The Black and White Minstrel Show (partially found BBC TV series; 1957-1978)
Between 1957 and 1978, the BBC in the United Kingdom broadcast a now largely unseen/lost program called The Black and White Minstrel Show. As part of a variety show, singers would put on blackface paint and perform songs from a variety of genres as part of a modern (for the time) update to the old American Minstrel shows.
The show was extremely popular, getting 21 million viewers at its peak. It would get many awards during its time, including the first-ever Golden Rose of Montreux/Rose d'Or to be awarded in 1961 along with many Golden Discs for creating best-selling soundtrack albums throughout its lifespan.
The show though was particularly controversial for its racial elements; starting from the late 1960s, people would frequently write to the BBC calling for it to be pulled off the air, most notably in 1967 as part of the Campaign Against Racial Discrimination. It also was not always popular with its performers either: comedian Lenny Henry, who made his television debut in the show in 1976, would go on to state that he regretted acting in it. Conductor George Mitchell also wished to do the show without the controversial makeup. In 1968, he tried "Masquerade" with carnival masks and in 1969, "Music Music Music" with the performers just appearing as themselves. However, neither idea took off.
Notable Editions[edit | edit source]
In the time the show was on the air there were between 180-200 episodes broadcast and below is a sample a few of the more notable editions.
|12th December 1964||This episode did a crossover special with Doctor Who where the Daleks invaded the program and took part in dance routines.||Lost|
|25th December 1965||Max Bygraves hosts the show and presents George Mitchell with a Golden Disk celebrating being the first man to ever sell 1 million albums.||Partially Found|
|17th December 1967||One of the first programs in the UK to be broadcast in color.||Survives but not available online|
|28th March 1970||David Prowse appears as a guest star, he would later go on to play Darth Vader in Star Wars.||Survives but not available online|
|7th June 1975||Arthur Lowe Appears portraying his character "Captain Mainwaring" for a Dad's Army themed sequence.||Survives but not available online|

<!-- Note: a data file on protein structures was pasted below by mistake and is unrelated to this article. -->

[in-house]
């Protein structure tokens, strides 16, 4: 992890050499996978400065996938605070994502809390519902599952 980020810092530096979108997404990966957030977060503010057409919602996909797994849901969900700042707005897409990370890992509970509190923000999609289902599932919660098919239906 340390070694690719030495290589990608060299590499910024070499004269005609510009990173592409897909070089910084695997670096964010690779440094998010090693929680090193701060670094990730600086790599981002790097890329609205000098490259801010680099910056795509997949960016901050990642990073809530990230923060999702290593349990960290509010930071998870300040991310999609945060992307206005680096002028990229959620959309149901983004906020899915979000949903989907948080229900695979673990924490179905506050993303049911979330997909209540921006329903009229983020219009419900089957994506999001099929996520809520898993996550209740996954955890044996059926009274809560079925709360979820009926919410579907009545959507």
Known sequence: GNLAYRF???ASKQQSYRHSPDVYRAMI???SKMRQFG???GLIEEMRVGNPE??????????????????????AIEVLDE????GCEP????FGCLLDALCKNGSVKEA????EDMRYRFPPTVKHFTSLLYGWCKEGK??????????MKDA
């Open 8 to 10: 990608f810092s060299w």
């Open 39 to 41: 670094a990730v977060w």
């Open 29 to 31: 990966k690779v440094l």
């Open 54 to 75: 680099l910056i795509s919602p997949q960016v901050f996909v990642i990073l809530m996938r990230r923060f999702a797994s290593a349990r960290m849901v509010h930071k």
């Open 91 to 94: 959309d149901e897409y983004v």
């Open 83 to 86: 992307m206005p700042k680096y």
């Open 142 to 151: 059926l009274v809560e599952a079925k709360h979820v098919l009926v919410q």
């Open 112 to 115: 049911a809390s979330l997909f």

|20th December 1975||The comedian Lenny Henry was forced to appear in this episode by his bosses much to his regret.||Survives but not available online|
|21st July 1978||The final episode released before the show was pulled off the air.||Partially Found|
Other Editions[edit | edit source]
There are a lot of other clips and recordings that have shown up over the years and here's a list of some of the other ones that have been positively identified and made available.
|23rd December 1960||The earliest known episode available online and survives with complete audio and video elements intact.||Link (Internet Archive)|
|17th March 1963||Survives as a short audio recording that begins at the end of a comedy routine with two intact musical routines, with one being themed around the Civil War.||Link (Internet Archive)|
|22nd December 1963||This edition survives as complete audio from the 2nd comedy sketch onwards, the opening two music segments have damaged / partially missing audio. Features a routine based on the opera "Lilac Time".||Link (Internet Archive)|
|26th March 1964||Survives as a mostly complete audio recording that begins during the Opening number, Features a parody of the "Song for Europe" TV show||Link (Internet Archive)|
|19th August 1967||The final 10 minutes of this edition survive as an audio recording, this episode is a 10 year anniversary special edition.||Link (Youtube)|
|17th June 1976||Available online as a full audio recording, however a location restricted version with video elements is available on the BFI Screen Online||Link (Internet Archive)|
Preservation Status[edit | edit source]
In 1978, after 21 years in the air, the BBC ended the television version of the show along with its variants on radio and stage, which lingered until 1989. Existing episodes were not repeated nor issued on home media, with many ending up being wiped along with other BBC shows of the era. This resulted in 100 original episodes lost, with what remained being held under very high amounts of protection with only the occasional clips or audio recordings surfacing now and then.
Gallery[edit | edit source]
External Links[edit | edit source]
- TV Brain's lost show listing on The Black and White Minstrel Show.
- IMDb page for The Black and White Minstrel Show.
- Wikipedia article
Reference[edit | edit source]
- A "History Of The BBC" on Minstrel shows that includes information on The Black and White Minstrel Show. Retrieved 07 Nov '18
- A web page about Daleks which mentions the Doctor Who crossover. Retrieved 18 Feb '20